A village on the verge of being lost to coastal erosion in Odisha must worry us all

Srujana Bej
Srujana BejFeb 01, 2018 | 11:18

A village on the verge of being lost to coastal erosion in Odisha must worry us all

On the coast of Odisha was the Satabhaya village, however, little remains of it. Once a thriving cluster of seven hamlets with more than 300sqkm of land, Satabhaya now comprises two hamlets spread over 150sqkm. The rest lies submerged under the Bay of Bengal and the village is vulnerable to complete immersion.

Photo for representation only.

The villagers of Satabhaya are among the first victims of anthropogenic coastal erosion in India and their grim suffering is unparalleled. Farmers and fishermen with paltry means, the villagers find their homeland unsafe to inhabit. The encroaching sea has gobbled their agricultural lands and increased the soil content in the land that remains, making it unsuitable for their livelihood. Houses lie exposed to coastal storms and storm surges. Villagers have been forced to shift homes, sometimes nine times, to escape sea waters. The intruding sea has also contaminated groundwater, endangered water security and put villagers at greater risk of diseases. No less devastating is the loss of a 125-year-old high school, temples, a palace and ancestral lands that have been passed down for generations, along with invaluable cultural ties attached therein.


Coastal erosion and constant sea ingression have thus imperilled the lives, livelihoods, health and identities of the villagers of Satabhaya. Unfortunately, other coastal communities in Odisha could very likely face the same fate. Of Odisha's 436km-long coastline, 200km is prone to coastal erosion. Unchecked, it will put numerous impoverished local communities at risk. These communities will be forced to migrate inland to cope with the crisis. Neither domestic nor international policies provide for the resettlement and rehabilitation of people internally displaced by climate change. The villagers of Satabhaya were only able to secure a government resettlement programme after sustained demands and media scrutiny. Government relocation plans were announced in the 1990s but no progress was made for over two decades. In 2011, a resettlement colony was announced to be set up in Bagapatia. However, Bagapatia falls within the limits of Bhitarkanika Wildlife Sanctuary, a notified protected area with restrictions on human activity.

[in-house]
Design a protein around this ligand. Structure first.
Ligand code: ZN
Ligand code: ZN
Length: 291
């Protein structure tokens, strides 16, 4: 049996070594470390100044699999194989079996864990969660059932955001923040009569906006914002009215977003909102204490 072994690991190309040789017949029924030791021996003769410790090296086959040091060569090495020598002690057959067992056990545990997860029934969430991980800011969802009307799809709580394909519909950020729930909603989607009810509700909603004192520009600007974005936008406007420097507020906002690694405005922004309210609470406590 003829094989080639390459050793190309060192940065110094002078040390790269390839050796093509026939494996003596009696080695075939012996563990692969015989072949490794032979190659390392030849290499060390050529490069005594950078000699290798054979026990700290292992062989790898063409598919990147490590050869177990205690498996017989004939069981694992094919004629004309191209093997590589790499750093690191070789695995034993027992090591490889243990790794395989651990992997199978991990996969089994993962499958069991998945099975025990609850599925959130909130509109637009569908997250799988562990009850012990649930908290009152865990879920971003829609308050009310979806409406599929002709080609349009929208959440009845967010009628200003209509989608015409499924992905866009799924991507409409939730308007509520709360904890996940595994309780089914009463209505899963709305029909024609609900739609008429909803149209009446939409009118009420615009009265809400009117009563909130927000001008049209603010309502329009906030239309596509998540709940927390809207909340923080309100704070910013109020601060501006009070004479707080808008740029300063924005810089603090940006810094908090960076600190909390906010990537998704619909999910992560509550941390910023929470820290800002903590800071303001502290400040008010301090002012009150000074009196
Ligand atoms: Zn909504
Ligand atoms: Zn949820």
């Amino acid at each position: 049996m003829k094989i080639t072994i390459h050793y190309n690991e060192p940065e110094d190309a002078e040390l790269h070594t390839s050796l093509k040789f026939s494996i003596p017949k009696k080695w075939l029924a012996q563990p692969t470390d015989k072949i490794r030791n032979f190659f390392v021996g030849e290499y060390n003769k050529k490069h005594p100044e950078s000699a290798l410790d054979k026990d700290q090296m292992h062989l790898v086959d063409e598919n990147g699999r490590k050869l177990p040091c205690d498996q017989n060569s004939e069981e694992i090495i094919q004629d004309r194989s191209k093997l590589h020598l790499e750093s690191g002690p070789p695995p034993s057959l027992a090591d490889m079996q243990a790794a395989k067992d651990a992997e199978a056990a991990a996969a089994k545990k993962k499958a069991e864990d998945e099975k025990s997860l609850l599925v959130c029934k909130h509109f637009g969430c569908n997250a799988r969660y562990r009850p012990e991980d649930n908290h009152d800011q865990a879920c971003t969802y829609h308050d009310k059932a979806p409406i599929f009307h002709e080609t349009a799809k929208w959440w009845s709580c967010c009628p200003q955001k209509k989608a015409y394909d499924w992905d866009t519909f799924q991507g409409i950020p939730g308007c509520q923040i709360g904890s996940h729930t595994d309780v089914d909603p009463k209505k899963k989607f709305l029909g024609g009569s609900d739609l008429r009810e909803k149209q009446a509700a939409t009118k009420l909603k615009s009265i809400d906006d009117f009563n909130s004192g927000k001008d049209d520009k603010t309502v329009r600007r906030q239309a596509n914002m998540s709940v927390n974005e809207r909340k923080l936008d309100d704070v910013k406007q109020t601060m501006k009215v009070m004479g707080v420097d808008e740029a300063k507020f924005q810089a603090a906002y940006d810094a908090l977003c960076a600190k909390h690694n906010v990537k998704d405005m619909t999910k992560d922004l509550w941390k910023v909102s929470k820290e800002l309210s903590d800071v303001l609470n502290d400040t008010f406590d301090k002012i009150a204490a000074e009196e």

Any proposed human activity involving the use or diversion of any part of the sanctuary mandatorily requires clearance from the National Board of Wildlife. The resettlement colony received clearance in late 2017 and Bagapatia was excluded from the classification of ringed out villages of the sanctuary. However, as agriculturalists and fishermen, the villagers of Satabhaya may not be allowed to freely pursue their means of livelihood in such close proximity to the sanctuary. And if the villagers go ahead pursuing their livelihood, it is likely to adversely impact conservation efforts in the sanctuary.


Why is Satabhaya disappearing?

Coastal erosion is considered an inevitable natural phenomenon influenced by waves, currents, tides and wind. However, anthropogenic factors can exacerbate coastal erosion such that it exceeds the natural shift of the shoreline. The anthropogenic activities that exacerbate coastal erosion include reckless industrialisation, construction of artificial structures, mining and destruction of natural protective barriers such as mangroves, sea grass beds and coral reefs. The rapid coastal erosion affecting Satabhaya is largely attributed to industrialisation along the coastline and the consequent depletion of mangroves.